- Thornton DCO, Fejes EM, DiMarco SF, Clancy KM (2007) Measurement of acid polysaccharides (APS) in marine and freshwater samples using alcian blue. Limnology and Oceanography: Methods 5: 73-87
- Thornton DCO, Dong LF, Underwood GJC, Nedwell DB (2007) Sediment-water nutrient exchange and nitrogen budgets in the Colne Estuary. Marine Ecology Progress Series 337: 63-77
- Patel D, Thake B, Thornton DCO (2005) Effect of light and turbulent mixing on the growth of Skeletonema costatum (Bacillariophyceae). Marine Biology 146: 633-644
- Thornton DCO (2004) Formation of transparent exopolymeric particles (TEP) from macroalgal detritus. Marine Ecology Progress Series 282: 1-12
- Thornton DCO (2002) Diatom aggregation in the sea: mechanisms and ecological implications. European Journal of Phycology 37:149-161
- Thornton DCO, Dong LF, Underwood GJC, Nedwell DB (2002) Factors affecting microphytobenthic biomass, species composition and production in the Colne estuary (UK). Aquatic Microbial Ecology 27:285-300
- Dong LF, Nedwell DB, Underwood GJC, Thornton DCO, Rusmuna I (2002) Nitrous oxide formation in estuaries: the central role of nitrite. Applied and Environmental Microbiology 68:1240-1249
- Thornton DCO (2002) Individuals, clones or groups? Phytoplankton behaviour and units of selection. Ethology, Ecology and Evolution 14:165-173
- Dalsgaard T (Editor), Nielsen LP, Brotas V, Viaroli P, Underwood G, Nedwell DB, Sundbäck K, Rysgaard S, Miles A, Bartoli M, Dong LF, Thornton DCO, Ottosen LDM, Castaldelli G, Risgaard-Petersen N. (2000) Protocol handbook for NICE - Nitrogen Cycling in Estuaries: a project under the EU research programme: Marine Science and Technology (MAST III). National Environmental Research Institute, Silkeborg, Denmark. 62pp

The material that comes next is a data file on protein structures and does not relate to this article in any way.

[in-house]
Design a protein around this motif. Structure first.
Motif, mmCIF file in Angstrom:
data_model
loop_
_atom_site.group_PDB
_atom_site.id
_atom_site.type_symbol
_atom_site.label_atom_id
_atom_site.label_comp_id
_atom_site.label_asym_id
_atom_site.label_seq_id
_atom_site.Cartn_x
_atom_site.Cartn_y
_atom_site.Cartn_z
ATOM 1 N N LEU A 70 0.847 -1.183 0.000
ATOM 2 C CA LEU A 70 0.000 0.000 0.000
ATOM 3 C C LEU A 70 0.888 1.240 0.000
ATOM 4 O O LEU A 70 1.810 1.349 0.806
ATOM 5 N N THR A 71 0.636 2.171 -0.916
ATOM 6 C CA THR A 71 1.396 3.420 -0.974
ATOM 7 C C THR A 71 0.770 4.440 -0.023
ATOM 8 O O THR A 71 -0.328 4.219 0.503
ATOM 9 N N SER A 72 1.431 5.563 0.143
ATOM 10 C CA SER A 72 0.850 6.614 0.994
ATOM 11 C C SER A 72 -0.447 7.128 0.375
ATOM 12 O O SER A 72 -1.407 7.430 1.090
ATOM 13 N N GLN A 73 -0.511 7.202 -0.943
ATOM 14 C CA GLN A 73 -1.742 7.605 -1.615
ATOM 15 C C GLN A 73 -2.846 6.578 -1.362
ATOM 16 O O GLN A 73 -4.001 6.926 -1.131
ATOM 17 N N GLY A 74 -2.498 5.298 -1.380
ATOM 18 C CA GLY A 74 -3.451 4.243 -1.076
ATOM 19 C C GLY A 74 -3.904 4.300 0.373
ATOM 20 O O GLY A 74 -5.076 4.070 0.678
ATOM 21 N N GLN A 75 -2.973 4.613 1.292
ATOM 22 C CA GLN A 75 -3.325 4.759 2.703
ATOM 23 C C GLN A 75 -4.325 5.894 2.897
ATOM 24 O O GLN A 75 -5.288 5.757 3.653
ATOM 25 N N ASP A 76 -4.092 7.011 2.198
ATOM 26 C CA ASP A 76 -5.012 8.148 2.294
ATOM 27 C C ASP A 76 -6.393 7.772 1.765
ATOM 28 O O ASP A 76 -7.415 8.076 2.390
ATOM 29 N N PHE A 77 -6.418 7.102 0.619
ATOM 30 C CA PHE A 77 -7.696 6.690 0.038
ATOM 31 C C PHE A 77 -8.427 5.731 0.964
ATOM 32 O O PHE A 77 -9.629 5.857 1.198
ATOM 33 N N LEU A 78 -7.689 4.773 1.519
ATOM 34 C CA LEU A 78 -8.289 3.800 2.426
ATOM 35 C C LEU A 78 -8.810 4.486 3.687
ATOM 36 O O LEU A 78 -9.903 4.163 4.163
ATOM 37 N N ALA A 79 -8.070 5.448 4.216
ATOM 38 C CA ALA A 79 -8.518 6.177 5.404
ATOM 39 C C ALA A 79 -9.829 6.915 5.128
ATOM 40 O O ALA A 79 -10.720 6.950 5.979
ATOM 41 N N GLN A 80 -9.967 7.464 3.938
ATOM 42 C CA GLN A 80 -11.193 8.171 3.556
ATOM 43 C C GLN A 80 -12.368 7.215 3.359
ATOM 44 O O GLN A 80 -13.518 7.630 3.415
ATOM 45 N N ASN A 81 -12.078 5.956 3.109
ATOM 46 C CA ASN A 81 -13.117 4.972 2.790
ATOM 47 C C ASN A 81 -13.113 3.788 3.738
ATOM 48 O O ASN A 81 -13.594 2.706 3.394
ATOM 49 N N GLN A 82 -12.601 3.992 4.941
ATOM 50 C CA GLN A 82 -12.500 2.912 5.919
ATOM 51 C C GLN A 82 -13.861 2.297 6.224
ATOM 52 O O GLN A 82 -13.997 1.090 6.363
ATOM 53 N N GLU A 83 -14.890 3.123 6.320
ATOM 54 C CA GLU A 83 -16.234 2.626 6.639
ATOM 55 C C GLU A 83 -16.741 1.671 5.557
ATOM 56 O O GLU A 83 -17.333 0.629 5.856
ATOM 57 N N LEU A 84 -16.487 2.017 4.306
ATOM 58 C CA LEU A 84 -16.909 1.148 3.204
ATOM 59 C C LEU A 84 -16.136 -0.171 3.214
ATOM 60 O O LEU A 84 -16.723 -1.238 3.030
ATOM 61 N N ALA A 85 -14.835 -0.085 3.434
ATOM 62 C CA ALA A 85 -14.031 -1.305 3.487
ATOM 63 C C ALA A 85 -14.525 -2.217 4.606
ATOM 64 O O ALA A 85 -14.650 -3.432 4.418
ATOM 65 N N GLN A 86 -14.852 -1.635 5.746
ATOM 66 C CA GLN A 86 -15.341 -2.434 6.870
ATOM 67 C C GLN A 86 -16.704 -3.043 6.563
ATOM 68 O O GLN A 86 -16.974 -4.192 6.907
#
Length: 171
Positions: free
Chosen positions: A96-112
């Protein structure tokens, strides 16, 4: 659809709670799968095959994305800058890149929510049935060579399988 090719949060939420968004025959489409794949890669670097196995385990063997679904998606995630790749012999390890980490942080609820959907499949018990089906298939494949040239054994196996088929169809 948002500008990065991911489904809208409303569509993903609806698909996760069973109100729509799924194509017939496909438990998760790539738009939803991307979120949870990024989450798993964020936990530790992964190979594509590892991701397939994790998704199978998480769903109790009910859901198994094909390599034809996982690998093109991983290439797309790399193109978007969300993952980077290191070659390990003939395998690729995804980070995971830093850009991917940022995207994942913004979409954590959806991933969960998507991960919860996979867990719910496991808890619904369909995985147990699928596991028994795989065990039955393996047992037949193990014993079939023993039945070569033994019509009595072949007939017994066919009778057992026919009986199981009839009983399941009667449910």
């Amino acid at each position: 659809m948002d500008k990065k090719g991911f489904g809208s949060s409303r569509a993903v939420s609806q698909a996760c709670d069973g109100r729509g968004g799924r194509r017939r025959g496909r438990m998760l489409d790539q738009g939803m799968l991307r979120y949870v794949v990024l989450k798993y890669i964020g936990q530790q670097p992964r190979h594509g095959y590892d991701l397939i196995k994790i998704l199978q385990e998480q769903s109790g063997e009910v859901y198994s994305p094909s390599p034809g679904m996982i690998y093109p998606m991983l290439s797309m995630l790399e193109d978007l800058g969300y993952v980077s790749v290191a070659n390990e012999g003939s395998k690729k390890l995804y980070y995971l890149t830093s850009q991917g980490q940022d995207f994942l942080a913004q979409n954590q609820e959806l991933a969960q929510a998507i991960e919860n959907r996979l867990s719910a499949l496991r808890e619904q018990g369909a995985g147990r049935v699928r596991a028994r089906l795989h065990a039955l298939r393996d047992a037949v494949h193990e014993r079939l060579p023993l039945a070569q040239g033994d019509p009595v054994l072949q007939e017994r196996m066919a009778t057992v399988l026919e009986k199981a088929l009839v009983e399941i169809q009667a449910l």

- Dong LF, Thornton DCO, Underwood GJC, Nedwell DB (2000) Denitrification in the sediments of the Colne estuary, England. Marine Ecology Progress Series 203: 109-122
- Thornton DCO, Underwood GJC, Nedwell DB (1999) Effect of light and emersion period on the exchange of ammonium across the estuarine sediment-water interface. Marine Ecology Progress Series 184: 11-20
- Thornton DCO, Santillo D, Thake B (1999) Prediction of sporadic mucilaginous algal blooms in the Northern Adriatic Sea. Marine Pollution Bulletin 38(10): 891-898
- Thornton DCO (1999) Phytoplankton mucilage in coastal waters: A dispersal mechanism in a front dominated system? Ethology Ecology and Evolution 11(2): 179-185
- Thornton DCO, Thake B (1998) Effect of temperature on the aggregation of Skeletonema costatum (Bacillariophyceae) and the implication for carbon flux in coastal waters Marine Ecology Progress Series 174: 223-237
- Chiappori A, Balostro R, Thake B, Santillo D, Thornton D, Patel D, (1995). The Adriatic Sea and coastal resources; a management and pollution control study. In: Coastal Ocean Space Utilization III. Edited by N. D. Croce, S. Connell and R. Abel. pp 331-344. E & FN Spon, Chapman and Hall, London